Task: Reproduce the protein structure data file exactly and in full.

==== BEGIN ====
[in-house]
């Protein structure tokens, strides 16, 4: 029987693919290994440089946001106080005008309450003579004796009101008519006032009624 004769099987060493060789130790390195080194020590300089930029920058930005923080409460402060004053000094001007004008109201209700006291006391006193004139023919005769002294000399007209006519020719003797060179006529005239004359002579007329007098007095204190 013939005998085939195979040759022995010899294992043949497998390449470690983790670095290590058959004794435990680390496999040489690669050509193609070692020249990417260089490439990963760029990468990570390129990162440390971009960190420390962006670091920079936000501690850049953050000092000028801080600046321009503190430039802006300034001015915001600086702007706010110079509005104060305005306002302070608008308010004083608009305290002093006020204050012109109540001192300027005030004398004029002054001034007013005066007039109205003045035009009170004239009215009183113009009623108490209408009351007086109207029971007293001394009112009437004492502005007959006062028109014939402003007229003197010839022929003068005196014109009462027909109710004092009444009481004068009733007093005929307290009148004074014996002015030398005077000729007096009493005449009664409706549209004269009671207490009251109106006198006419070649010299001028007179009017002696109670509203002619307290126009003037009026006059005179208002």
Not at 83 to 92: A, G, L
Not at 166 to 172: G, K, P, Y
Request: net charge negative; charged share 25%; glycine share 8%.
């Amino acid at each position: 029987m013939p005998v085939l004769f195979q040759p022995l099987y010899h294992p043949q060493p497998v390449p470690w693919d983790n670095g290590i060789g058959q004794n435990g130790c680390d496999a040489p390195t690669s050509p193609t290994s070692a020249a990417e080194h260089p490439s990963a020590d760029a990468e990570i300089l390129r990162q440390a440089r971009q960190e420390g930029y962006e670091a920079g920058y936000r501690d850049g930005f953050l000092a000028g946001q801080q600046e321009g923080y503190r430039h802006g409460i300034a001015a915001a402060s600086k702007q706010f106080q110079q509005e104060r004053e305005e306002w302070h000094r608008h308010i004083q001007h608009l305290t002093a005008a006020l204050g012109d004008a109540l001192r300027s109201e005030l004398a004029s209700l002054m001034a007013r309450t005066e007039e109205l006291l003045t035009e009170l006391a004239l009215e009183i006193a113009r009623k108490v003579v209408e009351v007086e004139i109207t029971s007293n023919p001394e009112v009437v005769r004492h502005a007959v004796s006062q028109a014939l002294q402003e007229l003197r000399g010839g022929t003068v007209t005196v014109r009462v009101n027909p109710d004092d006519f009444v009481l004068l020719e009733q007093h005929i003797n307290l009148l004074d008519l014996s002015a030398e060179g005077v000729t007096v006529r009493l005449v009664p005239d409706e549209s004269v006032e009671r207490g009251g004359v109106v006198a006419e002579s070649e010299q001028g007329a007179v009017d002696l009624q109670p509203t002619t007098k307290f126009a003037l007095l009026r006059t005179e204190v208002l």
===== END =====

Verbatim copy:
[in-house]
């Protein structure tokens, strides 16, 4: 029987693919290994440089946001106080005008309450003579004796009101008519006032009624 004769099987060493060789130790390195080194020590300089930029920058930005923080409460402060004053000094001007004008109201209700006291006391006193004139023919005769002294000399007209006519020719003797060179006529005239004359002579007329007098007095204190 013939005998085939195979040759022995010899294992043949497998390449470690983790670095290590058959004794435990680390496999040489690669050509193609070692020249990417260089490439990963760029990468990570390129990162440390971009960190420390962006670091920079936000501690850049953050000092000028801080600046321009503190430039802006300034001015915001600086702007706010110079509005104060305005306002302070608008308010004083608009305290002093006020204050012109109540001192300027005030004398004029002054001034007013005066007039109205003045035009009170004239009215009183113009009623108490209408009351007086109207029971007293001394009112009437004492502005007959006062028109014939402003007229003197010839022929003068005196014109009462027909109710004092009444009481004068009733007093005929307290009148004074014996002015030398005077000729007096009493005449009664409706549209004269009671207490009251109106006198006419070649010299001028007179009017002696109670509203002619307290126009003037009026006059005179208002």
Not at 83 to 92: A, G, L
Not at 166 to 172: G, K, P, Y
Request: net charge negative; charged share 25%; glycine share 8%.
């Amino acid at each position: 029987m013939p005998v085939l004769f195979q040759p022995l099987y010899h294992p043949q060493p497998v390449p470690w693919d983790n670095g290590i060789g058959q004794n435990g130790c680390d496999a040489p390195t690669s050509p193609t290994s070692a020249a990417e080194h260089p490439s990963a020590d760029a990468e990570i300089l390129r990162q440390a440089r971009q960190e420390g930029y962006e670091a920079g920058y936000r501690d850049g930005f953050l000092a000028g946001q801080q600046e321009g923080y503190r430039h802006g409460i300034a001015a915001a402060s600086k702007q706010f106080q110079q509005e104060r004053e305005e306002w302070h000094r608008h308010i004083q001007h608009l305290t002093a005008a006020l204050g012109d004008a109540l001192r300027s109201e005030l004398a004029s209700l002054m001034a007013r309450t005066e007039e109205l006291l003045t035009e009170l006391a004239l009215e009183i006193a113009r009623k108490v003579v209408e009351v007086e004139i109207t029971s007293n023919p001394e009112v009437v005769r004492h502005a007959v004796s006062q028109a014939l002294q402003e007229l003197r000399g010839g022929t003068v007209t005196v014109r009462v009101n027909p109710d004092d006519f009444v009481l004068l020719e009733q007093h005929i003797n307290l009148l004074d008519l014996s002015a030398e060179g005077v000729t007096v006529r009493l005449v009664p005239d409706e549209s004269v006032e009671r207490g009251g004359v109106v006198a006419e002579s070649e010299q001028g007329a007179v009017d002696l009624q109670p509203t002619t007098k307290f126009a003037l007095l009026r006059t005179e204190v208002l």